• Target disease: Chagas
  • Main partners (since project start): Barcelona Centre for International Health Research, Spain; Dr Mario Fatala Chaben National Institute of Parasitology, Argentina; Hospital de Niños Ricardo Gutiérrez, Buenos Aires, Argentina; Infectious Diseases Data Observatory (IDDO), University of Oxford, UK; IS Global, Institute for Global Health, Spain; Leti, CEA, France; London School of Hygiene and Tropical Medicine, UK; McGill University, Canada; Médecins Sans Frontières; National Council of Scientific and Technological Research (INGEBI-CONICET), Argentina; NHEPACHA network; Texas Biomedical Research, USA; Universidad Autónoma Juan Misael Saracho, Bolivia; Universidad Mayor de San Simon, Bolivia; Universidad San Martin, Argentina; University Hospitals of Geneva, Switzerland; University of Georgia Research Foundation, USA; University of Texas at El Paso, USA.
  • Project start: 2010
  • Funding (since project start): Department for International Development (DFID), UK; Dutch Ministry of Foreign Affairs (DGIS), the Netherlands; Médecins Sans Frontières/Doctors without Borders, International; Ministry of Health, Brazil; Spanish Agency for International Development Cooperation (AECID), Spain; Swiss Agency for Development and Cooperation (SDC), Switzerland; Wellcome Trust, UK; Other private foundations and individuals.


Overall objective:

  • Identify and evaluate new biological markers of therapeutic efficacy in chronic Chagas disease.



There is no single reliable test of cure that can be used to monitor the efficacy of a treatment in chronic Chagas disease patients in a timely manner. This lack of validated early markers of serological cure poses a significant hurdle for the development and regulatory approval of new drugs. Current work is focusing on raising awareness among Chagas stakeholders about the need for biomarkers, with particular emphasis on regulatory aspects and the biomarker development process. 


Presentation of the Chagas Clinical Data Sharing Platform project (IDDO/DNDi) in plenary at the 2018 Chagas Platform Meeting in Santa Cruz was well received by clinicians. In parallel, the development of a prototype assay is ongoing for newly identified biomarkers – Apo A1 and Fbn fragments issued from a collaboration with McGill University – with InfYnity Biomarkers.

The analysis of the NHEPACHA study data is pending and will be presented at the XV Chagas Disease Workshop organized by the Institute for Global Health Barcelona in March 2019.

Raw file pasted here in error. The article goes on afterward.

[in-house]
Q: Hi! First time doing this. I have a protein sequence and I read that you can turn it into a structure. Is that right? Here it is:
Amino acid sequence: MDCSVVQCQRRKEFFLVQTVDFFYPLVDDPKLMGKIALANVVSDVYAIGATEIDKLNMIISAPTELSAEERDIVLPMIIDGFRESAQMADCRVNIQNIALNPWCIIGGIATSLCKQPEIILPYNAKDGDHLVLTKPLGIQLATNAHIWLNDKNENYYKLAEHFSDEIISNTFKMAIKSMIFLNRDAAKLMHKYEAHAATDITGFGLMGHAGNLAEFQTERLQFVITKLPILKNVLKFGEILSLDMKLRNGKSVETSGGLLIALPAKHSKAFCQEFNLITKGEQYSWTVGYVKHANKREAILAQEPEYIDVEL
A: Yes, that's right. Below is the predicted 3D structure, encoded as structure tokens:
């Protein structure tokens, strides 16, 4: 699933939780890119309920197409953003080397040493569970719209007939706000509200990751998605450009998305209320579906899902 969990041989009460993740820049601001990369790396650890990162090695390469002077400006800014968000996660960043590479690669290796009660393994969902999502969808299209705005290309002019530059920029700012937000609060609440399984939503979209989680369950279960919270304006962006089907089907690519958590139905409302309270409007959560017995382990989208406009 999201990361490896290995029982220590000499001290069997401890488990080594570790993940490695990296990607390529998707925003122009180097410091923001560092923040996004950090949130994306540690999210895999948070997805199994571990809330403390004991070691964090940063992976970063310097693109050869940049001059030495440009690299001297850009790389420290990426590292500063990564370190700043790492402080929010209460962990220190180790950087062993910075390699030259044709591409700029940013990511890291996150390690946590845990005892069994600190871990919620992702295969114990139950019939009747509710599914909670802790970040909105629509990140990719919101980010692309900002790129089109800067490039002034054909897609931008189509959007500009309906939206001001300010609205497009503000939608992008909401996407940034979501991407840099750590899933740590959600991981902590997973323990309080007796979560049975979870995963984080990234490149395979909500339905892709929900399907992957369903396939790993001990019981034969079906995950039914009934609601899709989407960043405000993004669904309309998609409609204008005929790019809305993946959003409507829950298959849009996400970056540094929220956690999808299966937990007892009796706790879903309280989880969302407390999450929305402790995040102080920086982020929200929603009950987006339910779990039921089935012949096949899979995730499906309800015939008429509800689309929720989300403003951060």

Pre-clinical studies started in 2016 and were ongoing in 2017 to identify and validate potential biological markers of therapeutic response in Chagas patients. In addition, through the Ibero-American network NHEPACHA, DNDi is fostering work on testing four biomarkers to assess the response to Chagas treatment.

Pre-clinical studies are ongoing to identify and validate potential biological markers of therapeutic response in Chagas disease patients to support clinical development.  In addition, DNDi is fostering and encouraging work for testing four biomarkers to assess response of treatment of Chagas through the Iberoamerican network NHEPACHA.
Analysis of sera from children treated with benznidazole was undertaken in order to evaluate a potential correlation between seroconversion and the presence or absence of biological markers. Early indications are that these can be used to classify patients as cured or not, and results of confirmatory experiments are expected in 2016.

DNDi is collaborating with the University of Georgia and the Texas Biomedical Research Institute in a Wellcome Trust funded, non-human primate study in naturally infected animals with chronic Chagas disease, to further determine PCR and other markers as sensitive tools to consistently differentiate parasitological cure from treatment failure. The dosing period of the non-human primate study in naturally infected animals with chronic Chagas disease ended in 2015, and a 12-month follow-up assessment was completed in August 2015. The study immunosuppression phase was initiated in October 2015 and will end in mid-2016, at which point blood and tissue sample PCR and assessment of other biomarkers will be undertaken to determine if they can differentiate parasitological cure from treatment failure.

DNDi is a member of the NHEPACHA network of investigators created for the long-term cohort evaluation of potential biomarkers.


Last update: August 2019